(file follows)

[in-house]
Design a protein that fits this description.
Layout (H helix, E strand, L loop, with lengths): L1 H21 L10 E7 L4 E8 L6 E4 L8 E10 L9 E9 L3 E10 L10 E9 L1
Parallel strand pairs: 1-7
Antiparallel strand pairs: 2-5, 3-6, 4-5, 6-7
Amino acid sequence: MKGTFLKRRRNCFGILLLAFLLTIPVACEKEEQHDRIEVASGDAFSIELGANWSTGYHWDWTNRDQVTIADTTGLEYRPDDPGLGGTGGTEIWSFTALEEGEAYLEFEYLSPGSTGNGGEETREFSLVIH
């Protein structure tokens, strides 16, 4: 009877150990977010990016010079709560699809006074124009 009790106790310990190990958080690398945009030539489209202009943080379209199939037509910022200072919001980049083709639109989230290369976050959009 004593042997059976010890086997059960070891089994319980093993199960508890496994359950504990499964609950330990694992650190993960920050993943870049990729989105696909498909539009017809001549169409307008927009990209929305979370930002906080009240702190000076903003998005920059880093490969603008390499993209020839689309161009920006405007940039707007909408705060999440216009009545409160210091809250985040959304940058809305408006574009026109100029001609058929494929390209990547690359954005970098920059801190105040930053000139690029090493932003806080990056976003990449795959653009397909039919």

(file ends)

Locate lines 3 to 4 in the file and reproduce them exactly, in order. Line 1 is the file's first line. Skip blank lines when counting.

Layout (H helix, E strand, L loop, with lengths): L1 H21 L10 E7 L4 E8 L6 E4 L8 E10 L9 E9 L3 E10 L10 E9 L1
Parallel strand pairs: 1-7